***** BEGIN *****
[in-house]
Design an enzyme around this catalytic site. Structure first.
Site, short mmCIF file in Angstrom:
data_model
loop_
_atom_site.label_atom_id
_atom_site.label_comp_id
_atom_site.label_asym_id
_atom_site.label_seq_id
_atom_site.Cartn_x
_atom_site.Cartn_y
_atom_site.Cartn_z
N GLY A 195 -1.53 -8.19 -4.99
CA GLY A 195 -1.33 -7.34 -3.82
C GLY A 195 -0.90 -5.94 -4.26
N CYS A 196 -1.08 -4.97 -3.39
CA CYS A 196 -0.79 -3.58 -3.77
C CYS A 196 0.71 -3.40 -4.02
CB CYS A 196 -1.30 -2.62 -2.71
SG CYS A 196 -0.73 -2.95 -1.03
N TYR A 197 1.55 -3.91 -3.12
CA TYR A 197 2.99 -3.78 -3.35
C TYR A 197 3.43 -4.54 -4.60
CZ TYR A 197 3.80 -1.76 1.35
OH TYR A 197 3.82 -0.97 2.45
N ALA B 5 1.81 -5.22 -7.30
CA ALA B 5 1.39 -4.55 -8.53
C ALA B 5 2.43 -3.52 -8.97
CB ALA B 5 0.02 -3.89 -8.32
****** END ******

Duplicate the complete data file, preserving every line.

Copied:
[in-house]
Design an enzyme around this catalytic site. Structure first.
Site, short mmCIF file in Angstrom:
data_model
loop_
_atom_site.label_atom_id
_atom_site.label_comp_id
_atom_site.label_asym_id
_atom_site.label_seq_id
_atom_site.Cartn_x
_atom_site.Cartn_y
_atom_site.Cartn_z
N GLY A 195 -1.53 -8.19 -4.99
CA GLY A 195 -1.33 -7.34 -3.82
C GLY A 195 -0.90 -5.94 -4.26
N CYS A 196 -1.08 -4.97 -3.39
CA CYS A 196 -0.79 -3.58 -3.77
C CYS A 196 0.71 -3.40 -4.02
CB CYS A 196 -1.30 -2.62 -2.71
SG CYS A 196 -0.73 -2.95 -1.03
N TYR A 197 1.55 -3.91 -3.12
CA TYR A 197 2.99 -3.78 -3.35
C TYR A 197 3.43 -4.54 -4.60
CZ TYR A 197 3.80 -1.76 1.35
OH TYR A 197 3.82 -0.97 2.45
N ALA B 5 1.81 -5.22 -7.30
CA ALA B 5 1.39 -4.55 -8.53
C ALA B 5 2.43 -3.52 -8.97
CB ALA B 5 0.02 -3.89 -8.32